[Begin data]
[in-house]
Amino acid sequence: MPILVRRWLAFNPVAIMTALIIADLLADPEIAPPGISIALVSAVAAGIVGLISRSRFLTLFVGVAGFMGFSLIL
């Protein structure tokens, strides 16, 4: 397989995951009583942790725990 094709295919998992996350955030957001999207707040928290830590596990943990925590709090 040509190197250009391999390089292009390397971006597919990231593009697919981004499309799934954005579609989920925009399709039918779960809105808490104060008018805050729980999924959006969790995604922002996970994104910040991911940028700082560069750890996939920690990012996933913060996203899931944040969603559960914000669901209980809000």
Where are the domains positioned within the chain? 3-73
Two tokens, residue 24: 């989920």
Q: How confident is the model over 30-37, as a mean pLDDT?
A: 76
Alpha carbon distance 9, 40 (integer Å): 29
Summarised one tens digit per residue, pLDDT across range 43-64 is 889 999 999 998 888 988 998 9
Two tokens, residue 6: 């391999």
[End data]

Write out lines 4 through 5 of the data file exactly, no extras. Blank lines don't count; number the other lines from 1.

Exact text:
Where are the domains positioned within the chain? 3-73
Two tokens, residue 24: 């989920």